The segregated Reynolds School was an integral part of the somewhat insular community until it closed and fell into disrepair.
But, McDowell, who now owns the building, sees a $5-million community center by 2019.
With a little help from wife Gladys Knight — and friends, including country sensation Little Big Town — McDowell’s Reynolds Community Foundation will take its first steps towards that goal with a star-studded benefit performance in Asheville this Sunday night.
“That night we’re just going to concentrate on fun,” McDowell said. “We’re just going to have a lot of fun and I think Gladys will be extremely entertaining, because this is something she’s doing from her heart.”
McDowell’s heart still holds fond memories of growing up in segregated, isolated, poverty-stricken Gibsontown, which is why he passed on the opportunity to open a restaurant in favor of acquiring the school and adjoining 6.5 acres at auction for $80,000 in 2013.
His mother used to cook at the school, which McDowell attended until the third grade; it sits so close to adjoining houses that school events were, by necessity, community events.
“To have it 200 yards behind the house that I grew up in made it even that much closer,” he said. “The band would actually march through the neighborhood and we would get behind them with pots and pans and things like that.”
When the school closed in the mid-1960s, it began to decay, as did the social fabric of the community around it.
“Probably the most dramatic thing that happened was that everybody in your community went to the same school,” McDowell said, “But, then when they closed it down, you lost them until you got to junior high and that was really traumatic because a lot of your friends weren’t there anymore and you had to make new friends in a whole new environment.”
Happy birthday Billy
A church bought the building but soon sold it, whereupon it became a repository for junk. McDowell then took it upon himself to develop a relationship with the owner.
“He was a really nice man, he just didn’t know how important it was to the community, because the community sold it, so he didn’t think it was that big a deal,” McDowelll said.
If not for that, Lake Lure might today have a restaurant called “Billy’s Bikes and Burgers.”
“If anybody steals that idea I’m going to kill them,” he laughed.
McDowell’s birthday gift from his wife was to be a building he’d had his sights set on, until a fateful phone call.
“I heard that Reynolds was about to go up for auction, and I asked my wife, ‘Hey, would you mind if I didn’t buy the thing for myself but if I went and tried to buy the school?’”
“It’s your birthday gift,” Knight told him. “You do whatever you want.”
He bid at auction, and had driven just four miles from the school when he got another fateful phone call telling him he’d won.
“I pulled over and cried,” he said. “It felt like a triumph for me, but it felt like a triumph for the whole community because we owned it again.”
Since then, McDowell has focused on his vision for revitalizing the school – and the community.
“You have a broken window syndrome there,” he said. “If you walk around and see that on a day-to-day basis as a child, you kind of get this defeatist attitude in your head.”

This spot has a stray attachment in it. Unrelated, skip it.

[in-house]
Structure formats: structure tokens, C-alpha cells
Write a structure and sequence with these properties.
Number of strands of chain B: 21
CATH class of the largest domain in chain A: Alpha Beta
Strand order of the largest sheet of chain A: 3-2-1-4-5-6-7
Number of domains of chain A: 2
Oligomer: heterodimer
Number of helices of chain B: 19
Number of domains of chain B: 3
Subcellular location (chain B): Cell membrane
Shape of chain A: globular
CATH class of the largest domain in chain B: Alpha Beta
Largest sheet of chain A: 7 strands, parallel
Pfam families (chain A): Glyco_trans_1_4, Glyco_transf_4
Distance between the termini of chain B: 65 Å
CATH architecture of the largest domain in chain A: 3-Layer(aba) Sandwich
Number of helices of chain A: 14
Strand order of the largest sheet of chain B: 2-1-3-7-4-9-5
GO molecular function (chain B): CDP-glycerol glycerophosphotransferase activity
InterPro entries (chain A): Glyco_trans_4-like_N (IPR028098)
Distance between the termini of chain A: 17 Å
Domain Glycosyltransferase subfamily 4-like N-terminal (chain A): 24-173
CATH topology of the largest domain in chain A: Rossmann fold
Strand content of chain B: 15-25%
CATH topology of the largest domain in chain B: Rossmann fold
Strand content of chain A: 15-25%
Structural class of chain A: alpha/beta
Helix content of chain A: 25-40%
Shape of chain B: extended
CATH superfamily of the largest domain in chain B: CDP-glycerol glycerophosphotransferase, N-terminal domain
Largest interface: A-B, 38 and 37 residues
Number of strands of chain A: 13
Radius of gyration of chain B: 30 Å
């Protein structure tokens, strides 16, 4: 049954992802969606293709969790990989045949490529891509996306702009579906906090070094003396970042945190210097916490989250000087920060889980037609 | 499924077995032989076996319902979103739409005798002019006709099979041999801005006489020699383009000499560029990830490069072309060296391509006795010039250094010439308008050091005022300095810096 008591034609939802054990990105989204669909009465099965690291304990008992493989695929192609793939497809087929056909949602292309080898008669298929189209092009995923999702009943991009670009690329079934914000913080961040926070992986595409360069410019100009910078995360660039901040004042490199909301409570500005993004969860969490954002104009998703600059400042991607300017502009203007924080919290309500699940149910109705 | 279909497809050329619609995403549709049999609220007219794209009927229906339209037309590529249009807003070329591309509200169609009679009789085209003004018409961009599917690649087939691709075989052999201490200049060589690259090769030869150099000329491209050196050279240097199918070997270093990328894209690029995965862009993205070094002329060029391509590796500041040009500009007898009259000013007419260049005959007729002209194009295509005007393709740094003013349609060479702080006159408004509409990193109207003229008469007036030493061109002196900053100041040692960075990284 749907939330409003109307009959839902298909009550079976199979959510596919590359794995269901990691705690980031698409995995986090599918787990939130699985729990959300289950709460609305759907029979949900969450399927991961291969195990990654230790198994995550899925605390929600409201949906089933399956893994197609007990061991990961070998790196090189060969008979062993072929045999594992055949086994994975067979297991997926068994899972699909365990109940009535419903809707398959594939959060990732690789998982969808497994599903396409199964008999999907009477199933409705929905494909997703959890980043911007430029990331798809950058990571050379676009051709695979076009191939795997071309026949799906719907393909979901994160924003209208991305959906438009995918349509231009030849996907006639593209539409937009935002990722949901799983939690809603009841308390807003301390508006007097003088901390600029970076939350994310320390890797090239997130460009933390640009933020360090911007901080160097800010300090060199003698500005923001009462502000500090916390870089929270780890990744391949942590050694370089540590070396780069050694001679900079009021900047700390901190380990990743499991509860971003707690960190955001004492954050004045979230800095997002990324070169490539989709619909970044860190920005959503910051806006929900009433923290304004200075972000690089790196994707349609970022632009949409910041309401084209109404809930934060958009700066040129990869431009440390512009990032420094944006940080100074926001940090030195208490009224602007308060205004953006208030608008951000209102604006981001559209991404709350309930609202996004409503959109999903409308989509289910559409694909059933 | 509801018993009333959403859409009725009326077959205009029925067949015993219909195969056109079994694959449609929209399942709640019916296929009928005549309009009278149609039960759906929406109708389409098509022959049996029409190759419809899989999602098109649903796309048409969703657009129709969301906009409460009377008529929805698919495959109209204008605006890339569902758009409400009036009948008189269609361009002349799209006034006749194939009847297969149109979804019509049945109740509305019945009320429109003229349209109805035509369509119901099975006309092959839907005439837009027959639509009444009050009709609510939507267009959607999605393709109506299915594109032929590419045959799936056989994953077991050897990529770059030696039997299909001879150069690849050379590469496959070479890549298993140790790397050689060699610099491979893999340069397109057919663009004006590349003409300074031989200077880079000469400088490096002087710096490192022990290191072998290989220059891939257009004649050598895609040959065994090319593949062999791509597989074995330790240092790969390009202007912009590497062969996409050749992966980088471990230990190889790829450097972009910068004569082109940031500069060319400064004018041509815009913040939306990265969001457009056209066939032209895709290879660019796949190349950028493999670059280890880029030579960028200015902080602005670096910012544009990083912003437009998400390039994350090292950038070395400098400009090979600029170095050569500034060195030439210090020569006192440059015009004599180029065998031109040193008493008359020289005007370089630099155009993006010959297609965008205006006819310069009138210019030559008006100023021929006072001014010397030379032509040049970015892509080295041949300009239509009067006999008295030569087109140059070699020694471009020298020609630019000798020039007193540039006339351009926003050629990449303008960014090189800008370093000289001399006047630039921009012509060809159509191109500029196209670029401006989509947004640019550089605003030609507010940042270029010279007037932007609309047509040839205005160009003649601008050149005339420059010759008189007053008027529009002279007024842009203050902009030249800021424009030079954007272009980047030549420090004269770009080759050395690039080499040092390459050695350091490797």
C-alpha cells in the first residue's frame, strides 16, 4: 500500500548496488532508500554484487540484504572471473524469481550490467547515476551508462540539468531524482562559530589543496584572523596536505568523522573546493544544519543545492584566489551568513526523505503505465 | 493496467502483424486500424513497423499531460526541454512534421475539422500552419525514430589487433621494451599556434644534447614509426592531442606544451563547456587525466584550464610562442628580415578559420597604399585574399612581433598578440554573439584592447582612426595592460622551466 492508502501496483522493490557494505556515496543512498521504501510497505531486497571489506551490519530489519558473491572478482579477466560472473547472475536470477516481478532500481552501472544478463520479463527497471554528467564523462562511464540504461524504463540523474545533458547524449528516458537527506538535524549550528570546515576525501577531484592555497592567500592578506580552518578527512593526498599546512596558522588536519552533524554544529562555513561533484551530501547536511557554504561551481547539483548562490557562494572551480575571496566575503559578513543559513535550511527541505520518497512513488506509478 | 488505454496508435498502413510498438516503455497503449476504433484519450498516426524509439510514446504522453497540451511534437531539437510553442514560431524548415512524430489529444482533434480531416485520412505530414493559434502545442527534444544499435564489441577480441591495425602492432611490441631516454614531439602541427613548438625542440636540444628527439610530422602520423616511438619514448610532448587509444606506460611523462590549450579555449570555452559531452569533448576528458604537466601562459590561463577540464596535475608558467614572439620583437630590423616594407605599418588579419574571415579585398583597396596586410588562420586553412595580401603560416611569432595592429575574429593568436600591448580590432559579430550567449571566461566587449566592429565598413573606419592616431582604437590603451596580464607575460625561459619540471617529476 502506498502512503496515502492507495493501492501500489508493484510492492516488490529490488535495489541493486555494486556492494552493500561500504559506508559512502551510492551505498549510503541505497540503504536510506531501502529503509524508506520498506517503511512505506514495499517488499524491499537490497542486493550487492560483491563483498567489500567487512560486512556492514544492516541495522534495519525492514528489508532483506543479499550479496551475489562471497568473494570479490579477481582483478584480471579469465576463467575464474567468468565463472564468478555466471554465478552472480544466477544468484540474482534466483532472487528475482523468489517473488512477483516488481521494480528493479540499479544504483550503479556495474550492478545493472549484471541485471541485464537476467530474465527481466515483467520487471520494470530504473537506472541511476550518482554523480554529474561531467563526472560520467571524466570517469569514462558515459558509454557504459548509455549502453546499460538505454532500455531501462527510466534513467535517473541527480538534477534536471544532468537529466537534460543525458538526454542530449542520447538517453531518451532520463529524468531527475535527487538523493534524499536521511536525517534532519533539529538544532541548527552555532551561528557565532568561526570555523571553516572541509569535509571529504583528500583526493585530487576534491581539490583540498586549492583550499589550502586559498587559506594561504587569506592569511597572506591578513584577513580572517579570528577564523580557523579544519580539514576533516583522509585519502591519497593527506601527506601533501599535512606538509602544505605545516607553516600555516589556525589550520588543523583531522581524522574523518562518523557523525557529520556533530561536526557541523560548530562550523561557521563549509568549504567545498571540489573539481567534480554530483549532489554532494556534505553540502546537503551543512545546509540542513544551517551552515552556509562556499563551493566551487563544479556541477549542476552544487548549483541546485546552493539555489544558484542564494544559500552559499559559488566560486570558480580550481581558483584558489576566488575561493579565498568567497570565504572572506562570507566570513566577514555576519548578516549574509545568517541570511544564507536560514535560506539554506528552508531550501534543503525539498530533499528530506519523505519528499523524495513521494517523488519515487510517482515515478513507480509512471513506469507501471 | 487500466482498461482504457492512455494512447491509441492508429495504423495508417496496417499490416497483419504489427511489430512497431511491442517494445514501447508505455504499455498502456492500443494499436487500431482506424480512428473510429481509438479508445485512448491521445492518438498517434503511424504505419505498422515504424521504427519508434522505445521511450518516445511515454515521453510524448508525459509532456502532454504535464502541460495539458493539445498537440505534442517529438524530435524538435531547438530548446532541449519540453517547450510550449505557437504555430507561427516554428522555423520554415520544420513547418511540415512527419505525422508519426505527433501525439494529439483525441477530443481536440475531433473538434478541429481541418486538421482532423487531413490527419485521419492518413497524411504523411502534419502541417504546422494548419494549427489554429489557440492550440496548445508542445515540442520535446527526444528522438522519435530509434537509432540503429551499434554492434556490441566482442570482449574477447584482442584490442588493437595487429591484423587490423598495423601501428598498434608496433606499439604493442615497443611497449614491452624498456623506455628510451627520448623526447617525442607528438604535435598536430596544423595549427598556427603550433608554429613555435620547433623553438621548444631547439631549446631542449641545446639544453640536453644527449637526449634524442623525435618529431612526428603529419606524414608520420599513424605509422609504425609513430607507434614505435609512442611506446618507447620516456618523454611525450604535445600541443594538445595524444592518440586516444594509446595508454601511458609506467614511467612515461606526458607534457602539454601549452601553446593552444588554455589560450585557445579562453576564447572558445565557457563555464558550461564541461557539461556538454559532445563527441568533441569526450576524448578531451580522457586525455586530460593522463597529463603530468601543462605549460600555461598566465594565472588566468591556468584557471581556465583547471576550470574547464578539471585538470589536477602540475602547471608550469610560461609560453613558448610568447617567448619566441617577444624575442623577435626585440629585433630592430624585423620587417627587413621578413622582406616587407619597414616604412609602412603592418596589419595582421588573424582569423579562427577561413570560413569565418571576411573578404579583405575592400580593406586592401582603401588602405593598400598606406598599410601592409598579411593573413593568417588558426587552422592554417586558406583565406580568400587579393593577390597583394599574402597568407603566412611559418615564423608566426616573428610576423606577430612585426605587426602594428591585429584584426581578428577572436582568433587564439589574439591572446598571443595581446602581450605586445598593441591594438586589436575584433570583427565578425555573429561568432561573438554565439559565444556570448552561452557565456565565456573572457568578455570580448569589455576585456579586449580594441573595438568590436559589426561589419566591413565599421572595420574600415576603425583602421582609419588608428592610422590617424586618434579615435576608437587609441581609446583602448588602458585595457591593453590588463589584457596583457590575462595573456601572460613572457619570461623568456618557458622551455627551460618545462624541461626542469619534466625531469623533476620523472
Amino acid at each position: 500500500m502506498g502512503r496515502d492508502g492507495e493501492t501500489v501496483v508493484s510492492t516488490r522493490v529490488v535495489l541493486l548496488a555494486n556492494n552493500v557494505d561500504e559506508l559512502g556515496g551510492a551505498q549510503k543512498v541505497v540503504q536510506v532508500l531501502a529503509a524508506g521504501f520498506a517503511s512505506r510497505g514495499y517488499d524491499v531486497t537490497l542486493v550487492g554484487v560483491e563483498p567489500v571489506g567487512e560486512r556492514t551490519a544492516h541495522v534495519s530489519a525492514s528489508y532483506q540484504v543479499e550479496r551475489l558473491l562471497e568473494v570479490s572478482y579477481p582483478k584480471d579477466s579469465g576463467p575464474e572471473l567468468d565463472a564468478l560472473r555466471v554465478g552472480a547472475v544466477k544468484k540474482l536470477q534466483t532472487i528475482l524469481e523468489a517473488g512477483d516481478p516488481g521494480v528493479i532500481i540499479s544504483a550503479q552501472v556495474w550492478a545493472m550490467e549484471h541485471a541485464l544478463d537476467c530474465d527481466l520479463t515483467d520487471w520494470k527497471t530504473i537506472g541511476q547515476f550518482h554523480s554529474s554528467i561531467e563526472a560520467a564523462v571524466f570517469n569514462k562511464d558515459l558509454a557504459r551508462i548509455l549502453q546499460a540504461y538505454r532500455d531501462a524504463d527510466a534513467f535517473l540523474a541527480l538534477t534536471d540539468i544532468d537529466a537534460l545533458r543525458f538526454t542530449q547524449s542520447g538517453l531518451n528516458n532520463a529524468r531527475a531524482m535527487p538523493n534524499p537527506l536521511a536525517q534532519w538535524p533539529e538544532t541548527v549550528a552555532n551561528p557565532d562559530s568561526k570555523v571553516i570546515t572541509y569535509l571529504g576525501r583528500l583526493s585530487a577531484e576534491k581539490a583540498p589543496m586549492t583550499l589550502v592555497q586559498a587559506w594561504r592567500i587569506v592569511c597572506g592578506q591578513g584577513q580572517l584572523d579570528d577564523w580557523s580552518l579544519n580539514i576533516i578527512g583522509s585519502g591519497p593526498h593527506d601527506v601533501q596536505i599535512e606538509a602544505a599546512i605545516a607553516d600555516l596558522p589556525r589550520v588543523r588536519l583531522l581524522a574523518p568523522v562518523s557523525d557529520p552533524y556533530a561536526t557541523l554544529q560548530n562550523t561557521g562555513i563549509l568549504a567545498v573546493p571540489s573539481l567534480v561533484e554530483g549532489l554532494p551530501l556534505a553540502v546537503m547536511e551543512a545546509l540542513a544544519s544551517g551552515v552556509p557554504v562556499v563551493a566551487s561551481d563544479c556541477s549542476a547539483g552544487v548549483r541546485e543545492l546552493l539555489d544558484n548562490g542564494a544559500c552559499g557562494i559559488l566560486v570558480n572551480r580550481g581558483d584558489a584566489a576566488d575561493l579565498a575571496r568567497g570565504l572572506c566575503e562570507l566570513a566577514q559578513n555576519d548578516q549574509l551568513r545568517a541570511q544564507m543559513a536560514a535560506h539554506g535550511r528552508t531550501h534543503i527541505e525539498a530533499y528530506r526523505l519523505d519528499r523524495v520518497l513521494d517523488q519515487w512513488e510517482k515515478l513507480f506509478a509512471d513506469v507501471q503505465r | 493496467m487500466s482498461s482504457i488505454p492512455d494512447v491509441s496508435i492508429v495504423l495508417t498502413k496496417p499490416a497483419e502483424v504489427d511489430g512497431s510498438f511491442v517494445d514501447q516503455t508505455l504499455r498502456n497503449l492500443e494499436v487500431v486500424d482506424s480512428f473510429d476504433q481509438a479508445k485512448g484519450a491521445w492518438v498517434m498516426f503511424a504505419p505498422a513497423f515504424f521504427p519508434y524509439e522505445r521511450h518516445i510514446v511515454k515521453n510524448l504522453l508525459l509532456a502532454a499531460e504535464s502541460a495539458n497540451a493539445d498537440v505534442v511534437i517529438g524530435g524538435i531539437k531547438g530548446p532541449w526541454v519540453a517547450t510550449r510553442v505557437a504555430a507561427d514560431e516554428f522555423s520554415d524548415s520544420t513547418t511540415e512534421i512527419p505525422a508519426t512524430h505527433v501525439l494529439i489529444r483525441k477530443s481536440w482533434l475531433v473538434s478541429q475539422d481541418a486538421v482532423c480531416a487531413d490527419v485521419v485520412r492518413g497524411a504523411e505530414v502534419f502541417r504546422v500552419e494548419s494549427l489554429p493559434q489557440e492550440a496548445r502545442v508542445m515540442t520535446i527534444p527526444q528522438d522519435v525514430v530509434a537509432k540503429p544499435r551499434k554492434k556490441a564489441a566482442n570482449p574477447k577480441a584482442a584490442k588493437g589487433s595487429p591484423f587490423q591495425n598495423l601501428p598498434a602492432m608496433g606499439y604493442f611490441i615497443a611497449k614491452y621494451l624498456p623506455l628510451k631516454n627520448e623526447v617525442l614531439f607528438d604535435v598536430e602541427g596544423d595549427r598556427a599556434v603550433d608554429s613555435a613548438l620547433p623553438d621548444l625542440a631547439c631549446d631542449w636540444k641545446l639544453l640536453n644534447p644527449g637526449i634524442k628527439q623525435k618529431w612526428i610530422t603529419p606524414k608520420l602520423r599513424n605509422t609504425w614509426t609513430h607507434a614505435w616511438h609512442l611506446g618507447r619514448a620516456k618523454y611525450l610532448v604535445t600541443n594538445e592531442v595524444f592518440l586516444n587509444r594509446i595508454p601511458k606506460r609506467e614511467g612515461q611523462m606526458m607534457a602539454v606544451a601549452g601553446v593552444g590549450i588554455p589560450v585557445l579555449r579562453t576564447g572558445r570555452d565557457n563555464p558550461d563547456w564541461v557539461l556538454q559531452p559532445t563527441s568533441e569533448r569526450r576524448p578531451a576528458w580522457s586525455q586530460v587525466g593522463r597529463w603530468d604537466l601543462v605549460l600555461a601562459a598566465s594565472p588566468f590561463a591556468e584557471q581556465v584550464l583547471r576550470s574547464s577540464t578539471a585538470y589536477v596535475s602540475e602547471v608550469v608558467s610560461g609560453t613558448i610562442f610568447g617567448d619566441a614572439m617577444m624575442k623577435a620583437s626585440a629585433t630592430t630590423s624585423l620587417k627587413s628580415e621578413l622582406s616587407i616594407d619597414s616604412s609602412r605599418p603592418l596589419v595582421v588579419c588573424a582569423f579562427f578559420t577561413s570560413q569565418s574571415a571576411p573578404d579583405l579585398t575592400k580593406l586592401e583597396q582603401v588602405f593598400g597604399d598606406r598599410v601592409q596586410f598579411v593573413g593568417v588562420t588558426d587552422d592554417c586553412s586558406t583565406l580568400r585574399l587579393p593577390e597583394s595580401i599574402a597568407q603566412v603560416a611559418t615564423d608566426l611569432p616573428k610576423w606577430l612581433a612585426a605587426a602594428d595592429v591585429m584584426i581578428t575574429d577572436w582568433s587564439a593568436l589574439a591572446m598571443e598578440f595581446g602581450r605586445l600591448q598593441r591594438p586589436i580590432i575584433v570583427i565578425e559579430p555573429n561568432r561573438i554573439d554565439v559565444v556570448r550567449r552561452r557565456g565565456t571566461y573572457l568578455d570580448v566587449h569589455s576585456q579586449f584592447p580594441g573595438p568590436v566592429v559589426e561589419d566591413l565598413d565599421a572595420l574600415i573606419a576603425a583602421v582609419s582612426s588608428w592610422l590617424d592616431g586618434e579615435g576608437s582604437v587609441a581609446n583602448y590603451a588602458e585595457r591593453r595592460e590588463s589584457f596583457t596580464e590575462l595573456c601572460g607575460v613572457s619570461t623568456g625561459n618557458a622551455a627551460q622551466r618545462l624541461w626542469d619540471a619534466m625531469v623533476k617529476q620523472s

What McDowell wants kids to see is a rejuvenated community that stands as a “protest against mediocrity.”
“You want to be better than just getting by,” he said. “If you’ve got time to do something, then do something to help someone else.”
Despite the disadvantages McDowell and others in Gibsontown once faced, “growing up in freedom,” he said, is what he remembers most.
“We were kind of not privy to all the violence and stuff that was going on the world and we got to be children,” he said. “That’s the biggest thing that I’m trying to do right now is give the kids a childhood.”
Knight: ‘We’re all human beings’
Reynolds School owner Billy McDowell’s wife, “Empress of Soul” Gladys Knight, isn’t native to Haywood County like he is, but she did grow up in similar circumstances in Atlanta, which helps explain her passion for his Reynolds Community Foundation.
“We lived right down the street from the school, and we had community back then,” she said. “Have you heard about that lately? Where people are friends, and you don’t have to ask to go to somebody’s house?”
Most of her friends at school were the same kids that lived in her community, she said, and helping one another was a way of life, despite whatever differences may have existed. That’s not as prevalent anymore, according to Knight.
“The world has become quite, in my opinion – a humble opinion – quite selfish now. Everybody’s in their own little pocket, on their own lil’ bag, and that kind of stuff,” she explained. “You don’t watch out for your neighbors and your friends.”
That behavior is often learned in childhood, but community centers like the one proposed by McDowell and Knight could help build bonds that establish and cultivate a common humanity.
“As kids, you don’t have as much difference as it is with grownups putting that ugly stuff out there about people being different,” she said. “You know, we’re all human beings.”
Want to go?
An evening with “Gladys Knight & Friends” with Little Big Town, Lyric, and other special guests at 8 p.m. Sunday, Oct. 29, at the U.S. Cellular Center in Asheville.
Tickets start at $50 per person. Proceeds go to the establishment of the Reynolds School community center in Canton. For more information or to purchase tickets, click on www.rhscommunityfoundation.org.